Mr. Wood: I don’t think we’re going to know for some time, really, how the Obama administration is going to change what the responsible investment community is concerned with. We’ve certainly seen a lot more talk about corporate transparency, about a sterner hand over corporate disclosure. These are issues of longstanding concern for responsible investors. We’ve seen, slowly, an increase in attention toward the successes of community development finance institutions, which seem to have outperformed their larger peers in the banking industry.
Mr. Obama wants to double alternative-energy production in three years. What does that mean to green investors?
Robinson: Certainly, the lowest-cost, lowest-carbon renewable-energy producers are going to be beneficiaries no matter what happens. So, if you look carefully at the solar and wind and geothermal spaces on the production side, they will benefit – and already have benefited, frankly – from things going on in regional areas, in states, in cities.... There was a wonderful stimulus part of [the congressional spending package] that extends the life of tax credits, which may get turned into cash rebates, based on the way it’s going. So on the production side, it’s very positive. And the other side, what we’d call the low-hanging fruit or the energy-efficiency or conservation side, as well, they’re going to be beneficiaries, too.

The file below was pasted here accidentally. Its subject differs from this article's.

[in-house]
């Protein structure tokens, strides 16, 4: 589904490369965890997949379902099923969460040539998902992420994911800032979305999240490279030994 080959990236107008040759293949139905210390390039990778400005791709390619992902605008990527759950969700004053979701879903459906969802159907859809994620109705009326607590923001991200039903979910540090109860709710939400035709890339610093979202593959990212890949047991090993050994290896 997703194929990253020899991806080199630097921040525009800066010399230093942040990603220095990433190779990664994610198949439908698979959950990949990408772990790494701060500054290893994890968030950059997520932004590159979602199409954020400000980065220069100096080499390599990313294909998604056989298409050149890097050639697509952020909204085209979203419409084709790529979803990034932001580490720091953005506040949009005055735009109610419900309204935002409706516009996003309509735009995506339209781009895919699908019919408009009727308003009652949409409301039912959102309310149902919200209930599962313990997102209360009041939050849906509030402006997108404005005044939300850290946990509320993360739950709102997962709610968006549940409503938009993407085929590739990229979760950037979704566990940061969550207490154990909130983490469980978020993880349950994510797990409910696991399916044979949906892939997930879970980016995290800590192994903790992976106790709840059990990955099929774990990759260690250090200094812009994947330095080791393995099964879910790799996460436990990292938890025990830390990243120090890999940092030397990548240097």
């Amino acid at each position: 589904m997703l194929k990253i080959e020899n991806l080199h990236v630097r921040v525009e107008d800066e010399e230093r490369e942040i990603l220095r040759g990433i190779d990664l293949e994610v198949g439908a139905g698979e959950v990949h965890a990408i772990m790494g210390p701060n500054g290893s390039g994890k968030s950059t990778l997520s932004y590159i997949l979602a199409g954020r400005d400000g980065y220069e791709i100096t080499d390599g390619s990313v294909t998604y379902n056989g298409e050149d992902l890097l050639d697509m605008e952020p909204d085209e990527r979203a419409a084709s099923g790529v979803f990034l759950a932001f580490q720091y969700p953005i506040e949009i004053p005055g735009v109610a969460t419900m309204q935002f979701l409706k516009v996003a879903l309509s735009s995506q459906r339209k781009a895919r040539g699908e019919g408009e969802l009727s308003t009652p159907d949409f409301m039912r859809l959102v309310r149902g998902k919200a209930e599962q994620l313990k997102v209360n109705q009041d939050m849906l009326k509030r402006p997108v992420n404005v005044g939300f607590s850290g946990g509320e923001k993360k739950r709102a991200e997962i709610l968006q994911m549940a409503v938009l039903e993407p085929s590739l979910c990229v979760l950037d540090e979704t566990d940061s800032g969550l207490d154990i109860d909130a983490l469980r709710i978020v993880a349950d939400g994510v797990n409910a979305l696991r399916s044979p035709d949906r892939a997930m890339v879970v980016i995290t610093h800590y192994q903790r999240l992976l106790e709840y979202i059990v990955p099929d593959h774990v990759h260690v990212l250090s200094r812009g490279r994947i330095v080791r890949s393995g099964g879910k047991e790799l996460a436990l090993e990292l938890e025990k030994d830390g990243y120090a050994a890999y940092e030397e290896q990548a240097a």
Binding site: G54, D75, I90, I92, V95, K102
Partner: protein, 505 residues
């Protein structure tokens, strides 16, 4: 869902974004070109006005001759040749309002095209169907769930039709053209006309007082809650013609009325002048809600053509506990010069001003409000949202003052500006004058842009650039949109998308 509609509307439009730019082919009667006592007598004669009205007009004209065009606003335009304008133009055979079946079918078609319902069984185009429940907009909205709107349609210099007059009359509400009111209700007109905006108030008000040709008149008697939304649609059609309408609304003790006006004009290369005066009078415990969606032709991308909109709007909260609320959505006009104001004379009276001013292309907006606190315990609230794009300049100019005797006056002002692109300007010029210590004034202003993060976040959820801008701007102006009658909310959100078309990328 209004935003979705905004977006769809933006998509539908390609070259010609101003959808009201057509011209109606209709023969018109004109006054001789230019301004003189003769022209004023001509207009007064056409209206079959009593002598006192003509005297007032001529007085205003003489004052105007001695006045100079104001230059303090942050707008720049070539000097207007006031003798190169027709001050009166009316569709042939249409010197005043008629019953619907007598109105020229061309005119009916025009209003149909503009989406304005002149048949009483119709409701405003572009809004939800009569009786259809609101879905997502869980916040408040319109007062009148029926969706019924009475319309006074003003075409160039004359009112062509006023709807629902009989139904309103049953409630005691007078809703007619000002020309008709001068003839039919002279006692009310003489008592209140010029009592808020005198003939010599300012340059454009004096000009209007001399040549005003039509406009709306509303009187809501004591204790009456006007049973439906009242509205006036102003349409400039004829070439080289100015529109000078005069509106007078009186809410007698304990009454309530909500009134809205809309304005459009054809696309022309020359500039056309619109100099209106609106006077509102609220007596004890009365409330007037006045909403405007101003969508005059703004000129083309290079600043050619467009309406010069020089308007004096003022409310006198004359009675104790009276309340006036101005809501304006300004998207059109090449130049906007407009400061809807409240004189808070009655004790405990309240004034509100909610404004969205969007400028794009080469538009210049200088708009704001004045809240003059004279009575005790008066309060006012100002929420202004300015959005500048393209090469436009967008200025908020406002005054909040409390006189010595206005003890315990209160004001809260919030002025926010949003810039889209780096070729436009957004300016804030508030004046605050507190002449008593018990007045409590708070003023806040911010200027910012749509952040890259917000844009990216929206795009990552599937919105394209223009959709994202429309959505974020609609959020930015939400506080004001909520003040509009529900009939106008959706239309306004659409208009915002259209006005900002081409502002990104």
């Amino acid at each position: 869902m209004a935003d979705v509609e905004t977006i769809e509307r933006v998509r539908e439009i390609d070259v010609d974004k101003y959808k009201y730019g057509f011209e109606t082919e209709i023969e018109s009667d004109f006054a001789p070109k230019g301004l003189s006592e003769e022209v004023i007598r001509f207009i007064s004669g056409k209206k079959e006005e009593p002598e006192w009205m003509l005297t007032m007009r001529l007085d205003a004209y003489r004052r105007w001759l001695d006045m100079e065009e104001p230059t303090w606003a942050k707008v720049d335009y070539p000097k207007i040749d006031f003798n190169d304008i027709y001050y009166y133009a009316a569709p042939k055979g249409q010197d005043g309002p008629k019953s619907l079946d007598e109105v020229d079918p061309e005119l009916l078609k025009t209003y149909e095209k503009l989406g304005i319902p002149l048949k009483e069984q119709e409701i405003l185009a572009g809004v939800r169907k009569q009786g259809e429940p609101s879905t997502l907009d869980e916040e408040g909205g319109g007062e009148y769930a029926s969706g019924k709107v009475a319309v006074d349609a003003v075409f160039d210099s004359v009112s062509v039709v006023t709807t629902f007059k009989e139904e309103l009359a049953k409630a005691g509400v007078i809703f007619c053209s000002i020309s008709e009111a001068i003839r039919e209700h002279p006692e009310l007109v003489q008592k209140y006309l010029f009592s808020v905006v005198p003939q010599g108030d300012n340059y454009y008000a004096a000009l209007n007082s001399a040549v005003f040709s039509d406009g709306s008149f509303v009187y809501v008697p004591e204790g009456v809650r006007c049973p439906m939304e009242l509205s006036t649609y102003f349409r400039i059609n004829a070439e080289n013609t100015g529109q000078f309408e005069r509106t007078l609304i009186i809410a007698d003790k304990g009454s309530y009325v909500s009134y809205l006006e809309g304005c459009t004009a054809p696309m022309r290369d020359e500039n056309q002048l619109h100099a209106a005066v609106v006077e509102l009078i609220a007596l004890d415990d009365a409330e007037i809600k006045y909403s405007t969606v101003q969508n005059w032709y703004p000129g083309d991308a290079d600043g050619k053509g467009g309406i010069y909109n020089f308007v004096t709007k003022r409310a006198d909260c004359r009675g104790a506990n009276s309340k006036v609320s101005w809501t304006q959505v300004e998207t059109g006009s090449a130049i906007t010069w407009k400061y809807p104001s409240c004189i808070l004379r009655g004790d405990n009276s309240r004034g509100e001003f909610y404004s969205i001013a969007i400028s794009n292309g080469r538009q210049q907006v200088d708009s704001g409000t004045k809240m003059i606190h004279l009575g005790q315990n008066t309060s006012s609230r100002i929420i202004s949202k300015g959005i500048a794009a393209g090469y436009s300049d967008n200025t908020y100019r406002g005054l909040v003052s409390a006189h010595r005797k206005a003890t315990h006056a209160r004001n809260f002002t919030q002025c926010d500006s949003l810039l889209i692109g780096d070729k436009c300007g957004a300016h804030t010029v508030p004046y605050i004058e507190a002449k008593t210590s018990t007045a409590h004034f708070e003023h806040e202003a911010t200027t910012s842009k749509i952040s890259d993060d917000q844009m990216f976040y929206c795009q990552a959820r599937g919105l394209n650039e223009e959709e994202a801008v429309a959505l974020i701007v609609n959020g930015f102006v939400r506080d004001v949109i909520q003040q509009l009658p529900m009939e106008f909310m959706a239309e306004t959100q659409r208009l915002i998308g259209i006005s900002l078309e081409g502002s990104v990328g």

You mentioned that community-based financial institutions had done better than their larger brethren. How much better?
Wood: They weren’t packaging off their mortgages. They tended to use 30-year fixed rate mortgages instead of adjustable-rate mortgages that would explode on people. They’re notorious for doing due diligence on the people they lend to, and they’ve proven there is a model for lending to low-income people that is sound. That’s the upside. The downside is that the communities they’ve lent to are going to be extremely affected by this downturn.
Are there specific companies that will thrive?